OZP: I’m a big music collector—I think I’m one of the only five people left who still buys CDs—and I tend to think of collections of stories like albums in that I’m very interested in the sequencing of stories, what stories open and close the collection, what are the centerpieces (or “singles,” if you will). While they overlap somewhat in tone and ideas, your stories here are very different and follow very different people, and it seems like a different order could change how we read it entirely. How did you go about sequencing the stories in the collection? Was it easy to pick first and last stories? Were there stories you knew needed to be together (or, alternately, stories that needed to be spaced out)?
AV: I definitely thought hard about the order of these stories. Originally, the stories progressed from childhood to adulthood in terms of their narrators, settings and content. This order still prevails in the collection – we begin with the children in “Latchkey” and end with a middle-aged couple in “Mollusk, Membrane, Human Heart” – but I thought much harder in finalizing the order about the particulars of this progression. For instance, “Until Our Shadows Claim Us” was originally placed near the beginning because it’s about a group of children who believe they’ve summoned a neighborhood phantom. In revising the collection’s order, however, I realized that this story is far more elegiac and not childlike at all. The collective narrators are retrospectively remembering their childhood from the vantage point of adulthood, and with great grief for what they’ve lost. For this reason, this story felt like it should come near the end. I made similar choices with other stories. Beyond large-scale concerns of narration and content, I also looked at the final lines of stories as they transitioned into the opening lines of the next, watching out for matches in the patterns, voice and sound of the language.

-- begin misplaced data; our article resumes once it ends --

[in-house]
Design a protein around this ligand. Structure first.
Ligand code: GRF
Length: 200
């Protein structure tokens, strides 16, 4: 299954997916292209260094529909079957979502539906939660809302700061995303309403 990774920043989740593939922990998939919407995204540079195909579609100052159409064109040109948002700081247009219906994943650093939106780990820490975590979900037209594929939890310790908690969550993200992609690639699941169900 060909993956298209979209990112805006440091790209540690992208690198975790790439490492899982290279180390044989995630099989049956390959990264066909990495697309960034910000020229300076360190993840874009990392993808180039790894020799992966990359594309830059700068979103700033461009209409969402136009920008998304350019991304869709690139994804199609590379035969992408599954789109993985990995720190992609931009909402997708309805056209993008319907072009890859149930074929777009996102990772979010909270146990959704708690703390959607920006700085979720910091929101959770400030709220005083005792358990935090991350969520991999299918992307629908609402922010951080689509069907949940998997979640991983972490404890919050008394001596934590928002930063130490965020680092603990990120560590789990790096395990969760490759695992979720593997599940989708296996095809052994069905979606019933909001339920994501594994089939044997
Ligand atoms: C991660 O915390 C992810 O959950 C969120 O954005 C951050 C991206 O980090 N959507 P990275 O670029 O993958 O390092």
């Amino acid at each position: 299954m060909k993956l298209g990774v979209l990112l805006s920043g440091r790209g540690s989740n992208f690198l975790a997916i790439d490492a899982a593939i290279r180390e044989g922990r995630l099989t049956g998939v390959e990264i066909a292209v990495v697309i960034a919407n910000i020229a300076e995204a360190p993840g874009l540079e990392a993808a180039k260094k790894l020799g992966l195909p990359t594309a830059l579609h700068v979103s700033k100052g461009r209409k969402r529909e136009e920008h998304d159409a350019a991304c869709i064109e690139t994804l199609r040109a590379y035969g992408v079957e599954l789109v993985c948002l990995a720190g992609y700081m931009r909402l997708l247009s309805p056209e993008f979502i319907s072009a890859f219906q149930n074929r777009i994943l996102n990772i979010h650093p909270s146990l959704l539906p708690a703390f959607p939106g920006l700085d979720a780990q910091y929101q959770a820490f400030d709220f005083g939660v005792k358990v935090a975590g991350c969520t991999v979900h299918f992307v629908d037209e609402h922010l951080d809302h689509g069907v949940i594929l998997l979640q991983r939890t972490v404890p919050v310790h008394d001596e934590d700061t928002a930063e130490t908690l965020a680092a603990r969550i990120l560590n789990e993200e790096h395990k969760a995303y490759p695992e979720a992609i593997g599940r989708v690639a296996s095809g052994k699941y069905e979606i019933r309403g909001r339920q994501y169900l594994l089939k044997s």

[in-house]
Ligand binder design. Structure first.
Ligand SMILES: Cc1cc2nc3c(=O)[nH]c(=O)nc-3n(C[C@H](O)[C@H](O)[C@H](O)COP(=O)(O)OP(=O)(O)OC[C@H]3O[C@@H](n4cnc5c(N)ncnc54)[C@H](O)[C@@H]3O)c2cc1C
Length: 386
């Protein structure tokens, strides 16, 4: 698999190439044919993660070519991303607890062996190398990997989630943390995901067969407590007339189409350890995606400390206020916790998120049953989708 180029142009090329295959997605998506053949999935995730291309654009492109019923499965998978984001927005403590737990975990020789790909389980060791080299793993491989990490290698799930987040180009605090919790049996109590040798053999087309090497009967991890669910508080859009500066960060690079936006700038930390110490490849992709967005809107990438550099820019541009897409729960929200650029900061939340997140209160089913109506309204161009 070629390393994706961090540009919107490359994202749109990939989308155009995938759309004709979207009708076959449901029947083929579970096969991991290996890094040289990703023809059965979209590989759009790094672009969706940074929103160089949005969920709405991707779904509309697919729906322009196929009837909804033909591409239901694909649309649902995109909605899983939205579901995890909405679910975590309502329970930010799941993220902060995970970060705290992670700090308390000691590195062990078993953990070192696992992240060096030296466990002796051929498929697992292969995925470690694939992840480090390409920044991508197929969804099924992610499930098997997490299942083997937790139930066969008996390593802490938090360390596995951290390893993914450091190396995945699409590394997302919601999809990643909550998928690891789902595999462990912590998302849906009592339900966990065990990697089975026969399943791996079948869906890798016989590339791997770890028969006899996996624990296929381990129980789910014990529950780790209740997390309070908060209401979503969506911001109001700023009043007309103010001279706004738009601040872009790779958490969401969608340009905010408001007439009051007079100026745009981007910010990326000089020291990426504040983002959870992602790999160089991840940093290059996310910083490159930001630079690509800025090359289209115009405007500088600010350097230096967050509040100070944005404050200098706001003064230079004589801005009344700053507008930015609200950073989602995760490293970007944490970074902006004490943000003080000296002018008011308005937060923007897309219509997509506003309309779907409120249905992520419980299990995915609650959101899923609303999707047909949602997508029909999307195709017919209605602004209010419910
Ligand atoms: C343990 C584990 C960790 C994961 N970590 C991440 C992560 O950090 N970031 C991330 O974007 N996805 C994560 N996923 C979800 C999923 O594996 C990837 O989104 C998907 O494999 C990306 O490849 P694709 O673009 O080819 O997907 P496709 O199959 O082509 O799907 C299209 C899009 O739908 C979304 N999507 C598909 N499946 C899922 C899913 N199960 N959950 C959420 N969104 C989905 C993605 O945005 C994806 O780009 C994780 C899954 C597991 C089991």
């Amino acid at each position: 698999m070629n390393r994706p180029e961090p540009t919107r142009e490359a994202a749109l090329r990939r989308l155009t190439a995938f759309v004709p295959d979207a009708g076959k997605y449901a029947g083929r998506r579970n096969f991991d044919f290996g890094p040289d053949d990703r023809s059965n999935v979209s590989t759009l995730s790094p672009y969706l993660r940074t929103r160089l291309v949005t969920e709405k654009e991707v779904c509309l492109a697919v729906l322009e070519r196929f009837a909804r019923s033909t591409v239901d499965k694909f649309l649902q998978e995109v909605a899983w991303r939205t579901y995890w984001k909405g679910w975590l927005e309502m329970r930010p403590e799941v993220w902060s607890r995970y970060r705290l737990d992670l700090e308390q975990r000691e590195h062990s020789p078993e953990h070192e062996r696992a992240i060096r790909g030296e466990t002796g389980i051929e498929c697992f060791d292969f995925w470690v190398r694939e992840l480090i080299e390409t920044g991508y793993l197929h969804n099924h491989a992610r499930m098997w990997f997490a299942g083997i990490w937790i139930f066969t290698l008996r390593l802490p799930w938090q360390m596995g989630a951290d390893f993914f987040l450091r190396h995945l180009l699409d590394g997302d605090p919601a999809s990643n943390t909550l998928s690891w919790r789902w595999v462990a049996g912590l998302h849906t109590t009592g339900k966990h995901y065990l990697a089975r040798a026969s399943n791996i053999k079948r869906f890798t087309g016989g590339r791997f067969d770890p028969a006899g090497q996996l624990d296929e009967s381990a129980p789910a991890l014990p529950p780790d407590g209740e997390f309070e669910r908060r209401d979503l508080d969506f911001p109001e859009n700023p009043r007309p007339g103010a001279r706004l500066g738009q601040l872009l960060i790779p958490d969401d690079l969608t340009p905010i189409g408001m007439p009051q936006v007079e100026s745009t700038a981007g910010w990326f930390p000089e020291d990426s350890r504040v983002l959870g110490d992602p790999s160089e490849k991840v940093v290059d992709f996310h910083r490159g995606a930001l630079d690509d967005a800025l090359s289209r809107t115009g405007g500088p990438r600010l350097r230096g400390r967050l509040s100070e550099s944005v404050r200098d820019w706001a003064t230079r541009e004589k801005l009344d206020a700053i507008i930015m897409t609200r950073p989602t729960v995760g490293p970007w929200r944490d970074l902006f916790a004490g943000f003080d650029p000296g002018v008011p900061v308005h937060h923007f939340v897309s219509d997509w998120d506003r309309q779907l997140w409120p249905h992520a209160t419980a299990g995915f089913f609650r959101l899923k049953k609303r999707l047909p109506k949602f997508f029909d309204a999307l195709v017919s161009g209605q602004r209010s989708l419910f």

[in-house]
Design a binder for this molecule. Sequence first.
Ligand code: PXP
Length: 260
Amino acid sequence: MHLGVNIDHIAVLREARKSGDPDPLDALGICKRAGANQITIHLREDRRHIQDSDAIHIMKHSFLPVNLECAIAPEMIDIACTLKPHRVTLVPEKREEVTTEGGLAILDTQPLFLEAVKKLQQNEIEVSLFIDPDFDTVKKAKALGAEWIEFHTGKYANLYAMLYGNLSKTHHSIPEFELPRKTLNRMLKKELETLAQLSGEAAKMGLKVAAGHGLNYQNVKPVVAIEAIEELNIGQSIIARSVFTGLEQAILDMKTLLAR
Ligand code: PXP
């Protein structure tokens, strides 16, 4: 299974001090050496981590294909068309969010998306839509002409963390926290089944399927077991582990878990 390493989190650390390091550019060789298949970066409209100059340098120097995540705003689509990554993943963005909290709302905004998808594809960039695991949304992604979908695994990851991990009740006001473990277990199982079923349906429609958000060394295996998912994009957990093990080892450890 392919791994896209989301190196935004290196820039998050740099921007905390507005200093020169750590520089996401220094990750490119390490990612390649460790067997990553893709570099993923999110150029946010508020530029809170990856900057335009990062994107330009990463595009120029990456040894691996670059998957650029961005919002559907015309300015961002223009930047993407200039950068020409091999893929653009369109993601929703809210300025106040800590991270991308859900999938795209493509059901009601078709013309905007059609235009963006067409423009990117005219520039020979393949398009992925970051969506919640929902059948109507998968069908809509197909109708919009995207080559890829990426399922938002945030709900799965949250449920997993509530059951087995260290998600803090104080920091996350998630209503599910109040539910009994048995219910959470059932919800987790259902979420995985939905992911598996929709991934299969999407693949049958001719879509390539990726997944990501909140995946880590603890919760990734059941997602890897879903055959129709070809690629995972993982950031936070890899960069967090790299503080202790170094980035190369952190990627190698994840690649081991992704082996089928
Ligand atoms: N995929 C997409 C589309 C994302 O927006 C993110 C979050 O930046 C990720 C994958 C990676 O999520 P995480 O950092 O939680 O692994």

OZP: What are you reading right now? Anything you recommend?
AV: I just finished Jesmyn Ward’s Men We Reaped, which was haunting and devastating. I couldn’t put it down. I read it in one day, something I haven’t done in ages. I’m also reading John Darnielle’s Wolf in White Van and Jac Jemc’s A Different Bed Every Time.
OZP:And finally, what have you got in the works? What’s next for Anne Valente? Do you have any new stories in lit mags we should check out?
AV: I’m currently working on a series of short stories about the city of St. Louis – reimaginings of the city’s history and major events, as well as continued focus on place through research into Missouri trees, birds, wildlife, weather. One of these stories just appeared in The Normal School, and another is forthcoming in One Story within the next few months. I also recently completed a novel about a series of mysterious house fires that erupt in a community after a school shooting. A brief excerpt of this is out in the newest issue of Threadcount.